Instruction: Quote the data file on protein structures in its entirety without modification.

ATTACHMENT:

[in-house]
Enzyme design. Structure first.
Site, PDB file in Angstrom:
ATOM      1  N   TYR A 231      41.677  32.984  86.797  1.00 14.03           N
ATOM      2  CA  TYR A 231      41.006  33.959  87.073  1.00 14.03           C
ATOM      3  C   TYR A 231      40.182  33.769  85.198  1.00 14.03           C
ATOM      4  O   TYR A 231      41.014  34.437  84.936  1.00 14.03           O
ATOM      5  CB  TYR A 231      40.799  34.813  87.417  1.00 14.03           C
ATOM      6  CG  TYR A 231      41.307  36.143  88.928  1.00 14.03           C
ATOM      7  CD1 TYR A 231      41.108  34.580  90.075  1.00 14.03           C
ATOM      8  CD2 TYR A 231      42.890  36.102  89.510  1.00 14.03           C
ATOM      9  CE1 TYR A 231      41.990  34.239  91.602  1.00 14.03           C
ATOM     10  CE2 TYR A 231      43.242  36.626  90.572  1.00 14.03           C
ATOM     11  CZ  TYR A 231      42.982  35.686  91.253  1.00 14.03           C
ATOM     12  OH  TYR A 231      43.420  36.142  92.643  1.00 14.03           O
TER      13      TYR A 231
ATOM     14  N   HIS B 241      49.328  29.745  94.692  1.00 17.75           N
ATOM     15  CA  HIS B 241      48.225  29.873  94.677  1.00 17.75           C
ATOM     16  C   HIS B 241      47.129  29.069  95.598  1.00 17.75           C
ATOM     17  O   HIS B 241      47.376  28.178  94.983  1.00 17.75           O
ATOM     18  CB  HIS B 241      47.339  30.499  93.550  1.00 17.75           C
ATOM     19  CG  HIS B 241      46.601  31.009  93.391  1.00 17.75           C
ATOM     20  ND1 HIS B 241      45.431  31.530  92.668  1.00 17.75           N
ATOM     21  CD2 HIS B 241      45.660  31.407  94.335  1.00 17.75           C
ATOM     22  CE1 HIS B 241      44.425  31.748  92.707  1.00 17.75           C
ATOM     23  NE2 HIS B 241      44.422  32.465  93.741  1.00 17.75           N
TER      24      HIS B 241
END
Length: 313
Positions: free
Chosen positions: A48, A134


[in-house]
Enzyme design. Structure first.
Site, PDB file in Angstrom:
ATOM      1  N   TYR A 231      41.677  32.984  86.797  1.00 14.03           N
ATOM      2  CA  TYR A 231      41.006  33.959  87.073  1.00 14.03           C
ATOM      3  C   TYR A 231      40.182  33.769  85.198  1.00 14.03           C
ATOM      4  O   TYR A 231      41.014  34.437  84.936  1.00 14.03           O
ATOM      5  CB  TYR A 231      40.799  34.813  87.417  1.00 14.03           C
ATOM      6  CG  TYR A 231      41.307  36.143  88.928  1.00 14.03           C
ATOM      7  CD1 TYR A 231      41.108  34.580  90.075  1.00 14.03           C
ATOM      8  CD2 TYR A 231      42.890  36.102  89.510  1.00 14.03           C
ATOM      9  CE1 TYR A 231      41.990  34.239  91.602  1.00 14.03           C
ATOM     10  CE2 TYR A 231      43.242  36.626  90.572  1.00 14.03           C
ATOM     11  CZ  TYR A 231      42.982  35.686  91.253  1.00 14.03           C
ATOM     12  OH  TYR A 231      43.420  36.142  92.643  1.00 14.03           O
TER      13      TYR A 231
ATOM     14  N   HIS B 241      49.328  29.745  94.692  1.00 17.75           N
ATOM     15  CA  HIS B 241      48.225  29.873  94.677  1.00 17.75           C
ATOM     16  C   HIS B 241      47.129  29.069  95.598  1.00 17.75           C
ATOM     17  O   HIS B 241      47.376  28.178  94.983  1.00 17.75           O
ATOM     18  CB  HIS B 241      47.339  30.499  93.550  1.00 17.75           C
ATOM     19  CG  HIS B 241      46.601  31.009  93.391  1.00 17.75           C
ATOM     20  ND1 HIS B 241      45.431  31.530  92.668  1.00 17.75           N
ATOM     21  CD2 HIS B 241      45.660  31.407  94.335  1.00 17.75           C
ATOM     22  CE1 HIS B 241      44.425  31.748  92.707  1.00 17.75           C
ATOM     23  NE2 HIS B 241      44.422  32.465  93.741  1.00 17.75           N
TER      24      HIS B 241
END
Length: 313
Positions: free
Chosen positions: A48, A134